The start of the new football season for Southport FC is now under question after the Government reversed its decision to allow some fans back into grounds from October 1.
The Sandgrounders were due to start their season with an FA Cup Second Round Qualifying game next Saturday (October 3), with their first National League North league game against Hereford on Tuesday, October 6.
But speaking to BBC Breakfast yesterday Cabinet Office Minister Michael Gove said that plans for a stage return of fans had been “paused”.
Last night, Prime Minister Boris Johnson set out a number of new restrictions designed to reverse the recent rise in Covid-19 cases which he expects to be in place for the next six months. The UK’s Covid-19 alert level has moved this week from 3 to 4, meaning transmission is “high or rising exponentially”.
Southport FC has signed a squad of new players ready for the start of the new season in just a few days’ time, with pre-season preparations nearly complete.
They are looking to meet with National League officials to discover whether the season will start this October without fans in grounds, or will be postponed.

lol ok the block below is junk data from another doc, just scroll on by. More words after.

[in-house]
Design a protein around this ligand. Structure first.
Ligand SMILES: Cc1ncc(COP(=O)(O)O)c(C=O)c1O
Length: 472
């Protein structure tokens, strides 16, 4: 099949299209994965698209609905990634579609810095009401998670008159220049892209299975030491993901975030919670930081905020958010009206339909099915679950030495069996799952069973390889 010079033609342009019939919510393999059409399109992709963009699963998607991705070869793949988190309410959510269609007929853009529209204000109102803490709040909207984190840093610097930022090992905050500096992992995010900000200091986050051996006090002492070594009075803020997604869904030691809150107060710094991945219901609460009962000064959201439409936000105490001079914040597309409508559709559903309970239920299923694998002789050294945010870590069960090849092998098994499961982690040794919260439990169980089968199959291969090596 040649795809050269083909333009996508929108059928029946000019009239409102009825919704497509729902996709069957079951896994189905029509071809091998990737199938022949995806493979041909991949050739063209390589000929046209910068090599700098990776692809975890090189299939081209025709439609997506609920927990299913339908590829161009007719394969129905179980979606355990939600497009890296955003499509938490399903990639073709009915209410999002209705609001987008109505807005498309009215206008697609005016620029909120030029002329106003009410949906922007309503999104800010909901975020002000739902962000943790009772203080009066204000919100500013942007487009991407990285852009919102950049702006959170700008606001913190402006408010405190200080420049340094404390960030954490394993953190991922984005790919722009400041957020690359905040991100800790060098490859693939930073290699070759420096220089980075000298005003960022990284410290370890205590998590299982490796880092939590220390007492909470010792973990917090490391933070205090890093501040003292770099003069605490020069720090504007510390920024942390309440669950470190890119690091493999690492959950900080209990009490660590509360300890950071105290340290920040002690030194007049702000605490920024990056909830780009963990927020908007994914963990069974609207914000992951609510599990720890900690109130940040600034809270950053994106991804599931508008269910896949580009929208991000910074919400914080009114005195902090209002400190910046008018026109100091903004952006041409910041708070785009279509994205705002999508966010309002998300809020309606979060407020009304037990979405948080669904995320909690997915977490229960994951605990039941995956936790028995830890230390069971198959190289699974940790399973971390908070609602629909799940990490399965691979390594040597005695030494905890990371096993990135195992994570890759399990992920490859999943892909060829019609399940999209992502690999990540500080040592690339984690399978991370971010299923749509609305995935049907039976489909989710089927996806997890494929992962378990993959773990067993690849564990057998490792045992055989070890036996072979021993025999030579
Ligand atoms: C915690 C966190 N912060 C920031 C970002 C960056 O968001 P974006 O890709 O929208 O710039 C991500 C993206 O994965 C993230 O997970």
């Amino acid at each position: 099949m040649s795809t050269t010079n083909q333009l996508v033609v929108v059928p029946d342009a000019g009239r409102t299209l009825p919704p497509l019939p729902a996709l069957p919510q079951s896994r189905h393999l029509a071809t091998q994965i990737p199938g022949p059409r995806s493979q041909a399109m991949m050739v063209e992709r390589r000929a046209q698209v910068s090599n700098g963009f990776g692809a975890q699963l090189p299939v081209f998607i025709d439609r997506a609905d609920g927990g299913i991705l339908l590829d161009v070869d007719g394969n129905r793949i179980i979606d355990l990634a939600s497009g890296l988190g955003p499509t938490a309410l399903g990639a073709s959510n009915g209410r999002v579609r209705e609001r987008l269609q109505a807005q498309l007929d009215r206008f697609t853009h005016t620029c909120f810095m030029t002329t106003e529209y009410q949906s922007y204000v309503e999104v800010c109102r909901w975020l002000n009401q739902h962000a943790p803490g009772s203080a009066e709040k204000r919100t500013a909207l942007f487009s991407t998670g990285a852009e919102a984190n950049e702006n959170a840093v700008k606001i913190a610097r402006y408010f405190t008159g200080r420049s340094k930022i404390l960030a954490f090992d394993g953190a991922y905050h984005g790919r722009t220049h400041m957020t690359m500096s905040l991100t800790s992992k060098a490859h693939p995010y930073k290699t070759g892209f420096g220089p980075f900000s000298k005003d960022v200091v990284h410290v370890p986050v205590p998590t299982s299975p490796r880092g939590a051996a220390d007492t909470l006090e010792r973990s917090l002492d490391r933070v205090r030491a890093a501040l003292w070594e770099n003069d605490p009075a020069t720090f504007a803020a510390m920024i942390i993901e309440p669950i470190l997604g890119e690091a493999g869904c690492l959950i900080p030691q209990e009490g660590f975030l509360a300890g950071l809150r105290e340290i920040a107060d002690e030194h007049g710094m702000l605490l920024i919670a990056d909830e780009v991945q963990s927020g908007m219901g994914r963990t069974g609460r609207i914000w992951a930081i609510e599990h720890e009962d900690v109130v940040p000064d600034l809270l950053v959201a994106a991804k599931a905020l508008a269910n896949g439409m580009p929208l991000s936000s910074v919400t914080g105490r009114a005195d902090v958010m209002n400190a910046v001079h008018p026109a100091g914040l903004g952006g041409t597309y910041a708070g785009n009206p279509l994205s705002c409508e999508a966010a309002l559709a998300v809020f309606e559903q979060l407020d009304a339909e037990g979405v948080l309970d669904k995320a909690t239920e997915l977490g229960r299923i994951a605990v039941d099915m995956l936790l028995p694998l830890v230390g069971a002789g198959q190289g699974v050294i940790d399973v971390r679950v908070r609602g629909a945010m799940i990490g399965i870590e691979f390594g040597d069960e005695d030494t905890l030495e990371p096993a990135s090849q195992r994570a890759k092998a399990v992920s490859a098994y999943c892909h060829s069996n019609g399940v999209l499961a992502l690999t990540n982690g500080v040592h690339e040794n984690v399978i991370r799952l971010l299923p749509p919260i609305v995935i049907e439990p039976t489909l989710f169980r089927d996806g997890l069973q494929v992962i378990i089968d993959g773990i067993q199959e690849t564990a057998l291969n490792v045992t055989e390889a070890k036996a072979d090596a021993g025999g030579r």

There is a possibility that fans may not be able to return to watch live sporting events in England until the end of March at the earliest.
At a meeting yesterday, sports governing bodies – including those from football, rugby, cricket, Formula 1 and horse racing – were told to prepare for no spectators throughout the winter.
Officials from the Department for Culture, Media and Sport (DCMS) told the meeting, which was attended by Culture Secretary Oliver Dowden, that the ban on fans will be kept under review.
A number of pilot matches allowing some fans into grounds have taken place in recent weeks, but a ban has now been put in place.
Speaking to BBC Breakfast, Michael Gove said: “We were looking at a staged programme of more people returning – it wasn’t going to be the case that we were going to have stadiums thronged with fans,” he said.
“We’re looking at how we can, for the moment, pause that programme, but what we do want to do is to make sure that, as and when circumstances allow, get more people back.
“The virus is less likely to spread outdoors than indoors but again it’s in the nature of major sporting events that there’s a lot of mingling.
“What we must do is look at sporting events now with caution but we also recognise that sport is a vital part of this nation and we’re looking at everything we can do to support our athletes, our great clubs, through what will be a challenging time.”
Julian Knight, the chair of the Digital, Culture, Media and Sport (DCMS) select committee, said “if we don’t find a route map with smart solutions to allow sports and live events to gradually reopen, we risk decimation of our sporting and cultural infrastructure”.
The leaders of more than 100 sports bodies have written to the prime minister to ask for emergency funding, warning of a “lost generation of activity” because of coronavirus.